When VDA Labs conducts internal penetration tests, application security assessments, or product security reviews we typically use what we call a ‘dropbox’ in order to grant our team members access to the network or system that we are testing. These might be physical devices, if necessary, but also might be a virtual machine that you run on your network for us. Since we’re passionate about security, and the infosec community, we wanted to share a bit about our penetration testing setup.

Why use a dropbox at all?

Clients sometimes ask us why we want to use a dropbox to conduct our tests because, “a real attacker wouldn’t have a dropbox”. Generally we use dropboxes for our tests for these reasons: remote access, testing efficiency, or covert access.

Remote Access for Our Team

VDA Labs is a remotely distributed team, with members across the country, and we work with clients that are spread across the country. It makes sense for most of our work to be done remotely. In fact the only work that can’t be done this way is physical penetration testing. We also feel strongly that teamwork delivers the best results. Other companies might send a single consultant on site, VDA prefers to send a dropbox. That way we can involve multiple minds in the process and get better coverage.

Testing Efficency

While we are typically able to penetrate from external to internal, a dropbox allows us to start the internal assessment at the same time as the external.  Also, the reality is that when we are conducting a test our time window is limited. We want to be able to provide as much value as possible to our clients. Deploying a dropbox, with our tools and access set up, allows us to get to testing for security issues instead of sorting logistics. We also consider it best practice to ‘assume breach’ in your network, and using a dropbox follows mindset. Remember that an adversary would be able to take as much time as they want to when infiltrating your network.

Covert Remote Access

Many of our tests are done in a more white-box, purple team fashion, but we also do ‘red team’ engagements. These tests might also include physical penetration testing. That is why we have our physical penetration testing devices. One of our main goals on a physical penetration test typically is deploying a physical drop box. These devices are intentionally small and easily hidden and we employ tools like dnscat2 to establish remote Command and Control to access remotely.

Penetration Testing Dropboxes - odroid, zotac, and raspberry pi

Penetration Testing Dropbox Hardware

We actually have a few different hardware dropboxes that serve some different purposes. These are affectionately named after everyone’s favorite SciFi Drones – C3PO, R2D2, and BB8 and pictured above with a DerbyCon poker chip for scale. If you see them on your network though, these are not the droids you are looking for.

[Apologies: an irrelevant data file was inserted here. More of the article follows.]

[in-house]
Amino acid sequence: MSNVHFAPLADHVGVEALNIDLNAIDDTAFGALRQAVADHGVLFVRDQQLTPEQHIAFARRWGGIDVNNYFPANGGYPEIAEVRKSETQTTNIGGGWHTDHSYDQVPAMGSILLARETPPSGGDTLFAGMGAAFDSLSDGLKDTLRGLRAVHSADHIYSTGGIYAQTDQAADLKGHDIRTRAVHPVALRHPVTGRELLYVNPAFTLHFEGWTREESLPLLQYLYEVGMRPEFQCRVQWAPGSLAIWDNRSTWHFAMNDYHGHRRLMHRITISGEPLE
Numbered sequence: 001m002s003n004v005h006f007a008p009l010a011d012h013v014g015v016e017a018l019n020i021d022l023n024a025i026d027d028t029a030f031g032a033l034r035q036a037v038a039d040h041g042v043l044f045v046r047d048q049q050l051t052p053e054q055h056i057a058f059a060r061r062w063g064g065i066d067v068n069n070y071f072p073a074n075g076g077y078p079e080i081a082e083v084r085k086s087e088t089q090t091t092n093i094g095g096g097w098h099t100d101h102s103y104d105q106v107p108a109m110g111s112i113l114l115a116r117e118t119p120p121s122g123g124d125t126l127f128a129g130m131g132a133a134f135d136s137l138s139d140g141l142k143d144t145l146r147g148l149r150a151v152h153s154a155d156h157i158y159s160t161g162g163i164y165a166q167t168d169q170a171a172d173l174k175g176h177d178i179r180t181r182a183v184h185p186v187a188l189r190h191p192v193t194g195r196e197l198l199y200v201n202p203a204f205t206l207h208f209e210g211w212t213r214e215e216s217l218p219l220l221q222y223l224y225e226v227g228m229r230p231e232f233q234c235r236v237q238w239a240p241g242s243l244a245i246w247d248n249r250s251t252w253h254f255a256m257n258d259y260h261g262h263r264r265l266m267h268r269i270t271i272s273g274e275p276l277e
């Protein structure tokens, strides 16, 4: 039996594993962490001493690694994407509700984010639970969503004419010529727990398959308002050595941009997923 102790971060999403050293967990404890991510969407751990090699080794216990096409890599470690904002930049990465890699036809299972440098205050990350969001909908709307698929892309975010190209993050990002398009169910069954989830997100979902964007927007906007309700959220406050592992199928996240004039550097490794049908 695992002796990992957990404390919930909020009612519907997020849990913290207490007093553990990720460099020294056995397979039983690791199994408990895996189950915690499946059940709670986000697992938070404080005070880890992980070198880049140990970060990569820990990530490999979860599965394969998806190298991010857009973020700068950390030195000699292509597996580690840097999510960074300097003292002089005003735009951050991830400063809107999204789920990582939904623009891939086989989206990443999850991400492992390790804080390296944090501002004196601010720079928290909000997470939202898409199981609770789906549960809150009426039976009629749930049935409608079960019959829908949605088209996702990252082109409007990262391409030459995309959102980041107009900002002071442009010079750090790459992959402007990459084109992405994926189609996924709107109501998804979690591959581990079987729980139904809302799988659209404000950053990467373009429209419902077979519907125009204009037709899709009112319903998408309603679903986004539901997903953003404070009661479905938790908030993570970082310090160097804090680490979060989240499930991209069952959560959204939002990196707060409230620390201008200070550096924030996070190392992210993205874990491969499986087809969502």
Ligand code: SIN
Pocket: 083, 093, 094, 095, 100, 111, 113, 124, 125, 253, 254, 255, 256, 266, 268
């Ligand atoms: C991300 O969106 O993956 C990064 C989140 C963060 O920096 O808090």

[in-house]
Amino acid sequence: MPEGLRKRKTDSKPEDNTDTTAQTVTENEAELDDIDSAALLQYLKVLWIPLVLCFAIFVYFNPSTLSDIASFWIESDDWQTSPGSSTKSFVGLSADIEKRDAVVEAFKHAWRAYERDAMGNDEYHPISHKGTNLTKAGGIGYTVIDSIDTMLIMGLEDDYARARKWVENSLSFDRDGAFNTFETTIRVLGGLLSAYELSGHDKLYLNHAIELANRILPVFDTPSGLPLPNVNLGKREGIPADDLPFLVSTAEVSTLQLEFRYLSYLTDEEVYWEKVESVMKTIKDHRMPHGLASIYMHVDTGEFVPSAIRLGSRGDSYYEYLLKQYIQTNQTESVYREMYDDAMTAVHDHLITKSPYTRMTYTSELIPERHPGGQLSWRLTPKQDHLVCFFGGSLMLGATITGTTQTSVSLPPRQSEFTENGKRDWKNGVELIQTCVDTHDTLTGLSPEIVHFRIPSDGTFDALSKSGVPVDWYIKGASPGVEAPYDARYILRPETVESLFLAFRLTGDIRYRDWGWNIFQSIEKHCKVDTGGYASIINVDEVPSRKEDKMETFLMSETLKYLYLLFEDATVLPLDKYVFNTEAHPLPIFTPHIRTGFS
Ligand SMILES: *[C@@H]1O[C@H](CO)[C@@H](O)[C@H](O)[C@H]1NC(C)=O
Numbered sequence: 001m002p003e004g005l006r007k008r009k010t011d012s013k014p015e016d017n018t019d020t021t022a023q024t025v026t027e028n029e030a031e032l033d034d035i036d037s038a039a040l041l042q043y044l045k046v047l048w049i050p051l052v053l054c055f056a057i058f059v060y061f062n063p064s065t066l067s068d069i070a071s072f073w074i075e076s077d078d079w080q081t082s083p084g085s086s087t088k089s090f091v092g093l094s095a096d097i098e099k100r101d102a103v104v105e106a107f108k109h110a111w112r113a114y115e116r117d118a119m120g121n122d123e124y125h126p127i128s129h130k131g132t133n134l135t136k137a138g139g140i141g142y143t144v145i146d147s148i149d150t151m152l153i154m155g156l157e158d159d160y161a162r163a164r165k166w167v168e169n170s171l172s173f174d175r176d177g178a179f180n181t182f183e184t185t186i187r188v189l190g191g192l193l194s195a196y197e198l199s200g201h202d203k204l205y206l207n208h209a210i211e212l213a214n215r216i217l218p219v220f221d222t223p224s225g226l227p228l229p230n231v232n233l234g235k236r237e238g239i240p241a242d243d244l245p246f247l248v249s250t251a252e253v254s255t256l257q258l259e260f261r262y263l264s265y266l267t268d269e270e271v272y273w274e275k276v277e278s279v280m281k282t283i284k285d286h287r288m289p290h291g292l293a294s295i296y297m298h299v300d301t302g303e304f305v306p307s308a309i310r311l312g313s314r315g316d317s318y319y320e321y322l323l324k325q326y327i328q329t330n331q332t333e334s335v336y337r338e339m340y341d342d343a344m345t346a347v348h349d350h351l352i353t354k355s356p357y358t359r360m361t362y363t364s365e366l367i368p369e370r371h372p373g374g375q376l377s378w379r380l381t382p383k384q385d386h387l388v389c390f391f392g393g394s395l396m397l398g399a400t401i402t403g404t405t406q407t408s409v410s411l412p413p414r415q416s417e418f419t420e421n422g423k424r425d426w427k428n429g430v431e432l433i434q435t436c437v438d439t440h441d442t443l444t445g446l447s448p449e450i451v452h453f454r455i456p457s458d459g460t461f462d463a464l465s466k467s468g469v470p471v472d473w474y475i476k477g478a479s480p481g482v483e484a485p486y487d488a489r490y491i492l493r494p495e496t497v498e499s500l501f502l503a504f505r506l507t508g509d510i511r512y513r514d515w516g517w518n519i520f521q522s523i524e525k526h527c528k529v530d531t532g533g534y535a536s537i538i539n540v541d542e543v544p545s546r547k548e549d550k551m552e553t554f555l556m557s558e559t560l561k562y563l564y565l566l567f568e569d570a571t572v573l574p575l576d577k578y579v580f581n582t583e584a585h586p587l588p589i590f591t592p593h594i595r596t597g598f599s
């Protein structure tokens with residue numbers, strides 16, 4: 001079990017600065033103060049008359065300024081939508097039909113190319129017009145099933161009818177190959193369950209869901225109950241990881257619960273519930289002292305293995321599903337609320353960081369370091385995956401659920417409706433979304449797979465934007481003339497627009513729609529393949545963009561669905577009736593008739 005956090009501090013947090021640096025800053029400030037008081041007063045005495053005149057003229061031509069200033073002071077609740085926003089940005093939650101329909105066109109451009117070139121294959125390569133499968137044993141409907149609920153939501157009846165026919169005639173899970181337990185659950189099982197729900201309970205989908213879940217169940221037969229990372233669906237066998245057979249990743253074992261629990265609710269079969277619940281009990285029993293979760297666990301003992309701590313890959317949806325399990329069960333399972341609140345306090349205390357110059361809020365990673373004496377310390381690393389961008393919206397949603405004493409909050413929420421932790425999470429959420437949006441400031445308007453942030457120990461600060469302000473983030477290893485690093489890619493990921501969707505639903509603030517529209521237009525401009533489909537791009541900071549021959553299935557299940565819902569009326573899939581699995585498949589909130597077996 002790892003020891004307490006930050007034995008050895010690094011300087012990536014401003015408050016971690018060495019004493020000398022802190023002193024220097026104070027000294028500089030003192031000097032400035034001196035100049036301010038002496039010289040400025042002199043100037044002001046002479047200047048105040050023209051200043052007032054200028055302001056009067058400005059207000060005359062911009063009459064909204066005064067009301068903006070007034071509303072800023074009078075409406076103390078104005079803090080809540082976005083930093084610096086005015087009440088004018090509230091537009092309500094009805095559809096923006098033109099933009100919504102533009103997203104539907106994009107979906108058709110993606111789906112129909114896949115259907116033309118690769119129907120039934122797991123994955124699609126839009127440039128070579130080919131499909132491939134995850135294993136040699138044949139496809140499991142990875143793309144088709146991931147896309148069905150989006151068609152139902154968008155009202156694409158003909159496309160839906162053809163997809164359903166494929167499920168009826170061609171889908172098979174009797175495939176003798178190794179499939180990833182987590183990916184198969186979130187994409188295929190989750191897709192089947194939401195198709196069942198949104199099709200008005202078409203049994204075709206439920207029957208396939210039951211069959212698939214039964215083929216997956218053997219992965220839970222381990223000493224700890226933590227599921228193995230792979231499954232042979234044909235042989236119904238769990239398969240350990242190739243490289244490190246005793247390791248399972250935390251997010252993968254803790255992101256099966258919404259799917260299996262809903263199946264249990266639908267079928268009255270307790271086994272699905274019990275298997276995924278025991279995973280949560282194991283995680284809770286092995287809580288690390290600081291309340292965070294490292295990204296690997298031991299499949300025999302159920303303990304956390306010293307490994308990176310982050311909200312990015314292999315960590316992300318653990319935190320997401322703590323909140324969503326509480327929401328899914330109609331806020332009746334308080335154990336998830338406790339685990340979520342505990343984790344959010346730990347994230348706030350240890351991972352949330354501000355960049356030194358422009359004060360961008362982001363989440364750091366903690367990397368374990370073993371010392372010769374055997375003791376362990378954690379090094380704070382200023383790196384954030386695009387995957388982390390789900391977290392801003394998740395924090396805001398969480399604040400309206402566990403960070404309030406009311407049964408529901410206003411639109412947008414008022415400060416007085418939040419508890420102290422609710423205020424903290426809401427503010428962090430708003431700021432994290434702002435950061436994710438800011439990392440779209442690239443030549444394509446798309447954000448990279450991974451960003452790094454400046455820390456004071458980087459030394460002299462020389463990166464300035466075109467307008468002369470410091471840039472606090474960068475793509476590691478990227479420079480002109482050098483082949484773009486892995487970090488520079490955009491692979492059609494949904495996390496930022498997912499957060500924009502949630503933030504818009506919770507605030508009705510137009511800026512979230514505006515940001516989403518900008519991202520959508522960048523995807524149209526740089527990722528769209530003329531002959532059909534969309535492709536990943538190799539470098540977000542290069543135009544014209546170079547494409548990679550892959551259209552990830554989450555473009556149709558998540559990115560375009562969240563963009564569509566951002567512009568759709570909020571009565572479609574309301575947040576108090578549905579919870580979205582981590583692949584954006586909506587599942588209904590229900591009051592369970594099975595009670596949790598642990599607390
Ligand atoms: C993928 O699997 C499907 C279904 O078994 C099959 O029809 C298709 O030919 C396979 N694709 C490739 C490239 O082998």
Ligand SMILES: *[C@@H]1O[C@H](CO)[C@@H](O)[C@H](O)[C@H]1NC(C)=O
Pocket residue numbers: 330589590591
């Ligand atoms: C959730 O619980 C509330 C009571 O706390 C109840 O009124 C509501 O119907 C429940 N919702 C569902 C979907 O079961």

Three-Pee-Oh – Odroid XU4 (pictured center)

This is our original hardware dropbox. We chose the Odroid XU4 platform because it can run Kali Linux and has an OctaCore CPU. This allows for some heavy multi-tasking, which is somewhat common on penetration tests. The photo above shows the bare board, but we do have a case that makes it somewhat less conspicuous. We also typically deploy 3PO with at least one USB wireless adapter for WiFi testing.

BB8 – Raspberry Pi 3 (pictured right rear)

This is a standard Raspberry Pi 3, but with one or two special tricks up it’s sleeve. See the white ball (hence BB8 ;P )? That’s a motion sensor. And the small circle is a camera.

R2D2 – Zotac Zbox CI327 Nano (pictured read left)

R2 is the newest edition to the fleet. We chose this hardware for it’s x86_64 processor, but still a very small frame. It also has dual ethernet adapters, which are handy, as well as internal Bluetooth and WiFi. We also like to set it up as shown below with a few offensive USB adapters – an Alfa 802.11AC wireless adapter and a Crazy RF wireless device for conducting mousejacking attacks.

Zotac Zbox penetration testing dropbox with external wireless adapter

Software Setup

Typically we prefer to run Kali Linux on our penetration testing dropboxes. That gives our testers a familiar environment to work from, with many of the tools needed preinstalled. Recently, however, the Kali ARM images have fallen behind on their kernel versions, so we are considering a move to Ubuntu. :/  We also use Kali for our Virtual Machine setup with a pre-built image that we have configured for our needs. It is very easy for clients to play the VM (on any normal computer or in a virtualized space), after we have shared it with them.

All of our penetration testing dropboxes (physical or virtual) are configured to phone home to a secure server we have set up on AWS to handle sharing access to our team. This is done through autossh and port forwarding. The dropboxes create encrypted SSH connections to our server, and forward their own SSH port to that server so our team can connect. This is done via an autossh command that looks something like this:

autossh -M 0 -o "ServerAliveInterval 30" -o "ServerAliveCountMax 3" \
-NR 1234:localhost:22 user@server.com

Lastly, some fun bits

A couple final items really complete the picture. We set up a custom slackbot that monitors logins from our SSH tunneling server.  We use that to tell when our dropboxes have succeeded in calling home.

And we also rolled some ASCII art into MOTD on each box so we know when we have connected to the right one.

VDA pentesting ASCII Art MOTD